I spent a lot of time in prayer, begging Him for just a little bit of His presence, for a little answer, for a just a little sense that I wasn't talking to myself. My brain waved her naggy little finger at me, reminding me of some Scripture about how God hears all our prayers, and because He hears them, He answers them... but my heart cried out: "but, but... well then, why won't He say anything to me?"
God's (apparent) silence is one of the hardest things for me to cope with. He's told me to do some pretty difficult things in the past but, whenever I did them, I never felt like I was walking through the fire on my own. This time, the fire was drawing toward me, so close that I could feel my eyebrows singeing, but I couldn't feel God's cool breath on my shoulder. I was petrified.
Bren kept telling me that God loved me, and that He hadn't abandoned me. Huh, I thought. Easy for YOU to say. He keeps talking to YOU. Lucky &$@%#&)(!
No, Bren said. He's blessing you all over the place, but you're so busy whining to Him, talking at Him on your own terms, that you can't see it.
Then he pointed out how just that week, I had finally had tea with two cool ladies at church who I'd been eyeing for years at our church gathering. I had envied their connection on both a spiritual and a "normal" real world level. "Wow!" I had whispered to myself. "I wish I could have that."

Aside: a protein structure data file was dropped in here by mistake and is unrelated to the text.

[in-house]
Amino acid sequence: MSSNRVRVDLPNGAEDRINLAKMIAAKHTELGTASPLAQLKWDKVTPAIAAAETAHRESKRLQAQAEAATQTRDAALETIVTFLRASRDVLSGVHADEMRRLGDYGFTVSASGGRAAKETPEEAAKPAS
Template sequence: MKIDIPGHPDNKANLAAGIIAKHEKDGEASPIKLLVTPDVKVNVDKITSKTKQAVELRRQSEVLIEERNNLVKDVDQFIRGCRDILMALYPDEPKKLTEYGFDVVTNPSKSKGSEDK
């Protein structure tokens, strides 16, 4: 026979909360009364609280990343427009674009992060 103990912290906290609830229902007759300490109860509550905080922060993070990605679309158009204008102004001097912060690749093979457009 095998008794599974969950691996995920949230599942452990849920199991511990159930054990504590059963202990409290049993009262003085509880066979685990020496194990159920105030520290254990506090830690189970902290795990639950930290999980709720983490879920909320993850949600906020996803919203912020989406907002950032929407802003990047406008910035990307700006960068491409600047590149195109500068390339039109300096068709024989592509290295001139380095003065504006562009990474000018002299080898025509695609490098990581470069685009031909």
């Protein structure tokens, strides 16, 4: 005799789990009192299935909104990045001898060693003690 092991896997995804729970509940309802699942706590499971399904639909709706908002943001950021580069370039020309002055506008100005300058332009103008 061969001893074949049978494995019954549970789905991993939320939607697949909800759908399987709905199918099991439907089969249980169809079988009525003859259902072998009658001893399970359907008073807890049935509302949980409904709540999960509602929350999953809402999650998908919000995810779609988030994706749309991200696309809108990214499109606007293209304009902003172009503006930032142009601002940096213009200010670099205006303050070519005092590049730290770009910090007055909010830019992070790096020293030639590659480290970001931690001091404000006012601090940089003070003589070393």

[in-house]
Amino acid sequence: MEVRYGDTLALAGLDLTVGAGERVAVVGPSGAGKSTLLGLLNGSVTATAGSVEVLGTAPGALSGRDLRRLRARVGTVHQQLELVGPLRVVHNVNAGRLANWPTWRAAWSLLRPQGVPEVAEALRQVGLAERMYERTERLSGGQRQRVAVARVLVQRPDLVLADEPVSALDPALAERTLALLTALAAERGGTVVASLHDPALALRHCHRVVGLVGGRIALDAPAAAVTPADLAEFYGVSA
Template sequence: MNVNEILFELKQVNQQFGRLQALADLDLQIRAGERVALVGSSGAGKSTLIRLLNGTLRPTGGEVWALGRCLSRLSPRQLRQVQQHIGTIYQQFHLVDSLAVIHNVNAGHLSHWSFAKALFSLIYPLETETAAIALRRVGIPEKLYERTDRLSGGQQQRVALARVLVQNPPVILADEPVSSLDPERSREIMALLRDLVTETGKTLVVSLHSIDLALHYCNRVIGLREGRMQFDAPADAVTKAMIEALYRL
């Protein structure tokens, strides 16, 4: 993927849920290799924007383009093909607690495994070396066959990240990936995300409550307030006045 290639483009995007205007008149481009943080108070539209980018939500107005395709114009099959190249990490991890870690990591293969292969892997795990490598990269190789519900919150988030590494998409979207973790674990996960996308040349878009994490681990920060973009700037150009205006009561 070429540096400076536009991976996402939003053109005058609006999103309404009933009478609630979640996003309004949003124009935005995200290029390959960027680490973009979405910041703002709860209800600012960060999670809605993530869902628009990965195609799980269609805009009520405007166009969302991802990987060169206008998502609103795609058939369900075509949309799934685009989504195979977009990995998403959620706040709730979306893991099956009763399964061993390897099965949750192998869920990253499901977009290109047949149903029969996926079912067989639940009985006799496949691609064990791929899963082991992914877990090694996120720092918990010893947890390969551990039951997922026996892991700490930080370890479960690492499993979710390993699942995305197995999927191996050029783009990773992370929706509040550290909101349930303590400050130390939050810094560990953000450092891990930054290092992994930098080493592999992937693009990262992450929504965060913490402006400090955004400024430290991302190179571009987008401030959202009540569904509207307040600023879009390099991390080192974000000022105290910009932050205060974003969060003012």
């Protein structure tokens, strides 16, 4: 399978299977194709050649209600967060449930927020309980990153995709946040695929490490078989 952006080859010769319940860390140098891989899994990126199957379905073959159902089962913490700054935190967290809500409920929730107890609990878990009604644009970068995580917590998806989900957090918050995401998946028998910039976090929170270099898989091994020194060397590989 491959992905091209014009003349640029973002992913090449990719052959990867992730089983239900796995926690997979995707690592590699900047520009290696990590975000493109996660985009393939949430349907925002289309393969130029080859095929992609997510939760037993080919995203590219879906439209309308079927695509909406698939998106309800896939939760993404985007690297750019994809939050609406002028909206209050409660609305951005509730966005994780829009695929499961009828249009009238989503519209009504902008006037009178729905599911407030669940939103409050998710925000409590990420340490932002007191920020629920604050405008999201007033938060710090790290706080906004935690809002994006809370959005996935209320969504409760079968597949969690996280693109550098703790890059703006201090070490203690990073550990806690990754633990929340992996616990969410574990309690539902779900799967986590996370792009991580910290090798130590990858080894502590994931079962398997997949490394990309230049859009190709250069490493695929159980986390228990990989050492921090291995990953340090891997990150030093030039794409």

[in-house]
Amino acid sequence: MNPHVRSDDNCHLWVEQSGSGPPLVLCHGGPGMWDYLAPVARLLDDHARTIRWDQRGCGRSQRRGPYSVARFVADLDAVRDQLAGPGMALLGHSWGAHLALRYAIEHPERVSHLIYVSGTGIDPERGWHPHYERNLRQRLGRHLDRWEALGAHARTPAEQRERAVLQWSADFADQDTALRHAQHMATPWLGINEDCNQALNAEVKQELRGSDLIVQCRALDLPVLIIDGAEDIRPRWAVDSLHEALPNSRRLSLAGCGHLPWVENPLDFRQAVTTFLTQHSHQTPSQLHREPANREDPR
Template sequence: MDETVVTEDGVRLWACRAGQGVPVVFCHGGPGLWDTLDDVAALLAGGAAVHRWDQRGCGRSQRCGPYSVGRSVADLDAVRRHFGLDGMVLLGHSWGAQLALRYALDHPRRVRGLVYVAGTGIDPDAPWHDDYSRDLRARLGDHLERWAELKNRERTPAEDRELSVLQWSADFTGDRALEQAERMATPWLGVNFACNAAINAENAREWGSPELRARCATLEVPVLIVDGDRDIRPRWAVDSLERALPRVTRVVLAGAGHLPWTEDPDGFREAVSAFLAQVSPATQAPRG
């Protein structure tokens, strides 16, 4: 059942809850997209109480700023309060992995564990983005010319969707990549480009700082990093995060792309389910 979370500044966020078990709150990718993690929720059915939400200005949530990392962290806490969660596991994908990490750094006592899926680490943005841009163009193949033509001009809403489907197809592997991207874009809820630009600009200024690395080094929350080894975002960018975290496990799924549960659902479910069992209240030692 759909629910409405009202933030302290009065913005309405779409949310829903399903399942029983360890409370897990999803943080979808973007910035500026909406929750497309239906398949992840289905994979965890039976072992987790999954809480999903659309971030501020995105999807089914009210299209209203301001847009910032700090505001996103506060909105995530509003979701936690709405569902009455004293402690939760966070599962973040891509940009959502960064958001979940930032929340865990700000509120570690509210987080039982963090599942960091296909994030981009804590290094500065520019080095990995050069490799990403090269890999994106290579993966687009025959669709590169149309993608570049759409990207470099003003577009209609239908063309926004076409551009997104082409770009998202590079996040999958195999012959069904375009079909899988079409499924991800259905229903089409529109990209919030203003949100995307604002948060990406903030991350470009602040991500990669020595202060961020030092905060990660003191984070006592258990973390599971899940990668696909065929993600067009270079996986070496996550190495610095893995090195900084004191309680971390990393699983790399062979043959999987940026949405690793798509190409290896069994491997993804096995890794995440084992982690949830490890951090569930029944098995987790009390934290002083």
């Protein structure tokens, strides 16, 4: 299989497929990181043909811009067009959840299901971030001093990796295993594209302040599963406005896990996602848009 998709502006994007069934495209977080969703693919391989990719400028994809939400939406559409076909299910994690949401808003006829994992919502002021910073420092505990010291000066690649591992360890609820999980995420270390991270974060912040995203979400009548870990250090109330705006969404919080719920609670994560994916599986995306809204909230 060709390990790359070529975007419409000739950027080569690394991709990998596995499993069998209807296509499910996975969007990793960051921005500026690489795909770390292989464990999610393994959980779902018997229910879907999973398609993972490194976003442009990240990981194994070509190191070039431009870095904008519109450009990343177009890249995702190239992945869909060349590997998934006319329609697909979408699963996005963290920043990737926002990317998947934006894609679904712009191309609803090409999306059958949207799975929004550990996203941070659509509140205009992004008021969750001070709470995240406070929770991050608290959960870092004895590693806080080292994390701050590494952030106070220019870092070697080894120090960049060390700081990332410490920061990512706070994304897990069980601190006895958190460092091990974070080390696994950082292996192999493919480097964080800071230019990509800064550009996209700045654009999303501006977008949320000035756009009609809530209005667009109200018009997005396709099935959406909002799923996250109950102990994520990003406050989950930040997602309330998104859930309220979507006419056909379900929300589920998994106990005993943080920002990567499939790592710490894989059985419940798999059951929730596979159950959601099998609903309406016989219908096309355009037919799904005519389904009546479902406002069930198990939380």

Cut to Tuesday of that week: having tea with the two of them, cutting through the bullhonky small talk, and getting to the stuff that you can only get to that quickly with people who understand your spiritual underpinnings; I mean, I would normally never share the intricacies of my pain with people I had just met!
Organically, we talked about our struggles and our pain, shedding a tear, wiping it away with a piece of pumpkin bread (heehee!), and ending in the most precious gift: we grabbed each other's hands, bowed our heads, and started praying for each other. Every now and then, one of them would stroke the knuckles of my hand with her thumb, and I would choke up. I choke up even now at the memory. Sometimes it's the smallest things that get you through. I'll never forget that little thumb stroke.
"Oh, alright," I said. "But Bren, that's not what I was asking for!" As I said that, a little voice said, yes, but perhaps that's what I needed.
Then, that week, I got a precious email from a friend who has been examining her relationship with God in small part because (gasp!) of things I write on here. I cried. This was so much more rewarding than a paycheck. Then, wait for it, the next week, ANOTHER friend wrote me a similar email (she has no relation to the other friend) saying the same thing, how reading what I go through makes her wonder how she can get a piece of that peace. How humbling! How rewarding! How my heart still sings over it!